Oh My!
I’ve been a tad busy since returning from Disneyland and VOICE 2012.  Yes- an understatement, I’m grateful to say. There were numerous voice over projects, and new clients to work with! Yea cool!

Below are some final session notes from a fantastic seminar I attended that I have to share.  Thankfully, this time all attendees will receive a copy of all the sessions, so there will be more  useful information, and awesome content knowledge pouring into the brain of this Voicegal once the downloads arrive. With so much going on all the time on the Voice Conference schedule, it’s impossible to be at all the sessions you’d like.

Be sure to look for my next post, with some pics of  some of the faces at VOICE. That’s (almost) a wrap!
               David H. Lawrence XVII
                  David H. Lawrence

David H. Lawrence XLVII (the seventeenth)

Mutual muscles Master Class

There is a myth that VO is mutually exclusive of on camera work.

  • You should not set a limit on yourself and your career.

  • We are storytellers, no matter what type of work we do. It’s the core of
    what we do. You must be telling the story so well, that you must convince
    the casting folks of this.
    Give yourself permission to tell the story. This will move you to the
    next level. Think about what you need to do to do that, rather than
    have a deep voice, for instance.

Training moments and the feedback we get as we go along is key to the process.
Demo creation should represent your brand. Marketing via websites, online groups where we look for like minded peeps.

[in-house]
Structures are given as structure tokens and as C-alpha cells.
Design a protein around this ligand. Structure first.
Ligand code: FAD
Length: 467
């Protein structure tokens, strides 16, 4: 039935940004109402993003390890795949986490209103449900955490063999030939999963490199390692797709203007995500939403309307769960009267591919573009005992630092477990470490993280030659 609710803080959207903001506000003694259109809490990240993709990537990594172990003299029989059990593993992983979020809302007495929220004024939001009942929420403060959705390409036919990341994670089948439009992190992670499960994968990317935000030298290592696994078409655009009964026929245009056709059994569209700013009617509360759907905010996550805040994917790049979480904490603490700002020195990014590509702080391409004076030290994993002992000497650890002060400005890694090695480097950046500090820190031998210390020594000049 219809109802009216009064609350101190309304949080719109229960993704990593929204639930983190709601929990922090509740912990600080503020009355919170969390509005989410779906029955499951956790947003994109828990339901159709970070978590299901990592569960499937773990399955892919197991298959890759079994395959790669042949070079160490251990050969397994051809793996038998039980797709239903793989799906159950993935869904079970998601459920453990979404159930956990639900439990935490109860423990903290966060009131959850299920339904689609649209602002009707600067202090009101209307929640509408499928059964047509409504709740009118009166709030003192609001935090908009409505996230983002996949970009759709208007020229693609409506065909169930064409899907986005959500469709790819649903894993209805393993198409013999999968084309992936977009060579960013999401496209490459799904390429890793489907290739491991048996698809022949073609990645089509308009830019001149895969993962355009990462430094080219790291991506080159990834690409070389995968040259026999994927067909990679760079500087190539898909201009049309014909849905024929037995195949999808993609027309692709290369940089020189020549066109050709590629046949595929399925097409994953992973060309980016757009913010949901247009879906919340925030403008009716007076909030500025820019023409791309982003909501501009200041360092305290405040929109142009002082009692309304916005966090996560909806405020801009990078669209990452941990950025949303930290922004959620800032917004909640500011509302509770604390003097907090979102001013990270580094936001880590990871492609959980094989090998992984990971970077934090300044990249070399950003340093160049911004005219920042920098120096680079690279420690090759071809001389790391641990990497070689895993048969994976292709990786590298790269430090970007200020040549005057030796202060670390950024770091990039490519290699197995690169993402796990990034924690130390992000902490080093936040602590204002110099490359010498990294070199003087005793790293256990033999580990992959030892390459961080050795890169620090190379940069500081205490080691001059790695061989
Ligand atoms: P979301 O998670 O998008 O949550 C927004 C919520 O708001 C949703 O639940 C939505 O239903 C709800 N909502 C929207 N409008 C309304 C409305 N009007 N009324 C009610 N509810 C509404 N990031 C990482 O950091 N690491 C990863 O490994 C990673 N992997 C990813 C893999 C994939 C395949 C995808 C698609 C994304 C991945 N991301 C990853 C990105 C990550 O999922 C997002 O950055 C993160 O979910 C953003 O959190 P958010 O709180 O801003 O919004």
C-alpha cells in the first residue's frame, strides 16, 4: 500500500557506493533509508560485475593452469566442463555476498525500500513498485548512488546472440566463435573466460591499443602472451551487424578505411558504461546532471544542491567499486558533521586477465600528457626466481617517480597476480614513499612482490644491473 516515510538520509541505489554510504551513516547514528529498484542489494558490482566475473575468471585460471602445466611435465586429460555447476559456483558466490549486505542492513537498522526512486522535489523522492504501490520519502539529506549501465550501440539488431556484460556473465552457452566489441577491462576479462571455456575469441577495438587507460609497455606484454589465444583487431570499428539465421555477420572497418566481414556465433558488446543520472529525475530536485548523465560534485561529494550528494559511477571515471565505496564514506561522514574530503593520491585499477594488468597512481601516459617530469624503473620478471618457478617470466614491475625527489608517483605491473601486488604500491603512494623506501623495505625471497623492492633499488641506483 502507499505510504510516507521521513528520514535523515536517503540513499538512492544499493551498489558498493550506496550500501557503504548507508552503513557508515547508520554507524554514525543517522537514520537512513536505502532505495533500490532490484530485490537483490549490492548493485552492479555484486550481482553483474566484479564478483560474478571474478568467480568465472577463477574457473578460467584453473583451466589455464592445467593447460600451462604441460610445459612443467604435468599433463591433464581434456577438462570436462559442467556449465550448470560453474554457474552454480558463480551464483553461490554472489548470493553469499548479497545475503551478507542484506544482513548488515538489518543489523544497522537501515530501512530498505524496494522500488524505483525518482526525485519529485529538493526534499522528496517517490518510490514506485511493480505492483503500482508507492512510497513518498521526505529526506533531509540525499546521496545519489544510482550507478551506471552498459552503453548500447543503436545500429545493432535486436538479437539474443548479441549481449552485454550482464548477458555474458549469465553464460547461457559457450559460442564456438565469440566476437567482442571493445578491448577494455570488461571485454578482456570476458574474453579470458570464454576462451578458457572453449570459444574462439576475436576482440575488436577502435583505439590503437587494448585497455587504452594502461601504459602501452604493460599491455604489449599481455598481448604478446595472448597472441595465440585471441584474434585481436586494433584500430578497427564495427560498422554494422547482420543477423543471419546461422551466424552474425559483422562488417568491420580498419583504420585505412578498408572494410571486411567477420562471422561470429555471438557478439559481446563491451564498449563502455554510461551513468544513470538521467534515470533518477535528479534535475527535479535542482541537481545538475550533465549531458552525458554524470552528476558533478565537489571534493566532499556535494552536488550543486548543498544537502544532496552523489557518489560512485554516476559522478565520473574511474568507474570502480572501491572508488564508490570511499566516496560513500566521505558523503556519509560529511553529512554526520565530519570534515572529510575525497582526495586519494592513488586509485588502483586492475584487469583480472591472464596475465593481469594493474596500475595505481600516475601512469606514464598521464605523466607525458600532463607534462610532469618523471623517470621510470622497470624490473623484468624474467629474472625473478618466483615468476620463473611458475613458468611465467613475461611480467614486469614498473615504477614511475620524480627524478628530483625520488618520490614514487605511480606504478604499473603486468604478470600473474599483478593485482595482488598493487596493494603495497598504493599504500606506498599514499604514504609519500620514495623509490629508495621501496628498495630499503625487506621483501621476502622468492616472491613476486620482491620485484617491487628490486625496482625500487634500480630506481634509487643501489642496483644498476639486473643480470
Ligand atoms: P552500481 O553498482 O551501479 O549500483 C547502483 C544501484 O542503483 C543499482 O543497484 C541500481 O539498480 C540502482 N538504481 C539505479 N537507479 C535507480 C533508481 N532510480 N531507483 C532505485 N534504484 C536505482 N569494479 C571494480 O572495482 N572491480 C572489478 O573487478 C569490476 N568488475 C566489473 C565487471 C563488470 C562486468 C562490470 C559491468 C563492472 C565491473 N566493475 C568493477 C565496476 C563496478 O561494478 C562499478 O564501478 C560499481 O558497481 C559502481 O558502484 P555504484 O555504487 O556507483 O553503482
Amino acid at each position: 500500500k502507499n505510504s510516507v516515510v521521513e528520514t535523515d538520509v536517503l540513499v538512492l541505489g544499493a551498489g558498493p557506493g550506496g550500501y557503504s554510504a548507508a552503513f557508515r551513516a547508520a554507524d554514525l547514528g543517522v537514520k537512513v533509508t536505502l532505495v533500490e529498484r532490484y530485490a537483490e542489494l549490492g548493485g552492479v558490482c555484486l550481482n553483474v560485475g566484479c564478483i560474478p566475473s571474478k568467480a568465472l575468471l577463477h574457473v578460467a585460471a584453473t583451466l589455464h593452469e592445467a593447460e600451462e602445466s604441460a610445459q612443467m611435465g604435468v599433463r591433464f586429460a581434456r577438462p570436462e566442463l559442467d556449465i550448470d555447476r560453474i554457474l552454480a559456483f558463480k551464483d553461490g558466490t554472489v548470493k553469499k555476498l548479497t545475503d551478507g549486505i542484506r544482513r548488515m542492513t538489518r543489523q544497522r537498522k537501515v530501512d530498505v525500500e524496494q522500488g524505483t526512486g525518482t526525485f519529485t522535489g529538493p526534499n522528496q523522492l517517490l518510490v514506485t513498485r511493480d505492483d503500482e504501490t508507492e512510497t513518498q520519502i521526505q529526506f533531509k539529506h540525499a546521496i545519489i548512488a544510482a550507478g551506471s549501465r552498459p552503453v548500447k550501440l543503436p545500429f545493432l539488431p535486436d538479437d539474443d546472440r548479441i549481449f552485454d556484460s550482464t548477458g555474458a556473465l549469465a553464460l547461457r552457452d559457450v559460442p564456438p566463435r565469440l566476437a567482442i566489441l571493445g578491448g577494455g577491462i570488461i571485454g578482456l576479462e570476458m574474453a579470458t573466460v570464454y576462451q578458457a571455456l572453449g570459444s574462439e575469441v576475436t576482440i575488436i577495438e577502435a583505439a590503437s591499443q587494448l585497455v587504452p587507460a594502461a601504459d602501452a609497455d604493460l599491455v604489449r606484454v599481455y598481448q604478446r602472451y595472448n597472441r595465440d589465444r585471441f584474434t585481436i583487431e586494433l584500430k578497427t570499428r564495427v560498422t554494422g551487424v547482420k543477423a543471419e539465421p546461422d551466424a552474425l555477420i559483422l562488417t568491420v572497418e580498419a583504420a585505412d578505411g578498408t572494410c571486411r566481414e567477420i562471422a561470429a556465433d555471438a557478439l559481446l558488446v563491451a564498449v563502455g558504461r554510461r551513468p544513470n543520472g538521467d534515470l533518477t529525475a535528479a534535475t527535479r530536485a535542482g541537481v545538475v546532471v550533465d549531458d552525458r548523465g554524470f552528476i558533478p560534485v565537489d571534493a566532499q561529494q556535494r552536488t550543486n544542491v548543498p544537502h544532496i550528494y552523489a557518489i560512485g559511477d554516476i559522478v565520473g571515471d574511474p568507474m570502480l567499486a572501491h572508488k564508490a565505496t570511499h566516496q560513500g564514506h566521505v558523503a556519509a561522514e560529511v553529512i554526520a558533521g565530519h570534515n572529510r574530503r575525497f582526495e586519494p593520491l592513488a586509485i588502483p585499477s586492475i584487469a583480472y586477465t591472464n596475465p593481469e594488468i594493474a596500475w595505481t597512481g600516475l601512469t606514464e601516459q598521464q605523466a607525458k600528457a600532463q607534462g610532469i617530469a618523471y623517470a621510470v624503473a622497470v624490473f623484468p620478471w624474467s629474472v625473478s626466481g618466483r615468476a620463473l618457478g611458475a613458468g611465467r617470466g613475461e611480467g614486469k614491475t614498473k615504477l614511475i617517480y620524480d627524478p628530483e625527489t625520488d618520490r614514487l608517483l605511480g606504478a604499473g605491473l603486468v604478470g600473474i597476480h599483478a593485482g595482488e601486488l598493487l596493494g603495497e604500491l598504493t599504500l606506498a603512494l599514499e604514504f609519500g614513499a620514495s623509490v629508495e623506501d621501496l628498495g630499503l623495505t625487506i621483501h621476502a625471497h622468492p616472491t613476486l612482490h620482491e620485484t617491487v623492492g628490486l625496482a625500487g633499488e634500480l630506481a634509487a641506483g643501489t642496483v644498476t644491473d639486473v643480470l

• Cold reading capability is key.

  • Consider doing more on-camera work. Prople are auditioning from home! Eco cast – video casting. Submitting via video for on camera work now
    becoming the norm, just to get into the casting director and be seen.

  • Everything about the business is changing, with home studios, so you
    have to understand so much more and being your own booth director.
  • Acting specifics include emotional recall from clues found in copy, on
    camera work or on stage. You’re always in a rush to get the work done.
    What was the prior moment before you start your work. Sustain the acting
    throughout, and in voice work, complete the acting, and don’t lose the

Bottom line:
Do what you love and the money will follow
Avoid predicting your own future successes or failures, or what you’re good at.
Expand your portfolio of opportunities.
Remember you must find the secret benefit in the script and solve the problem of the listener / viewer


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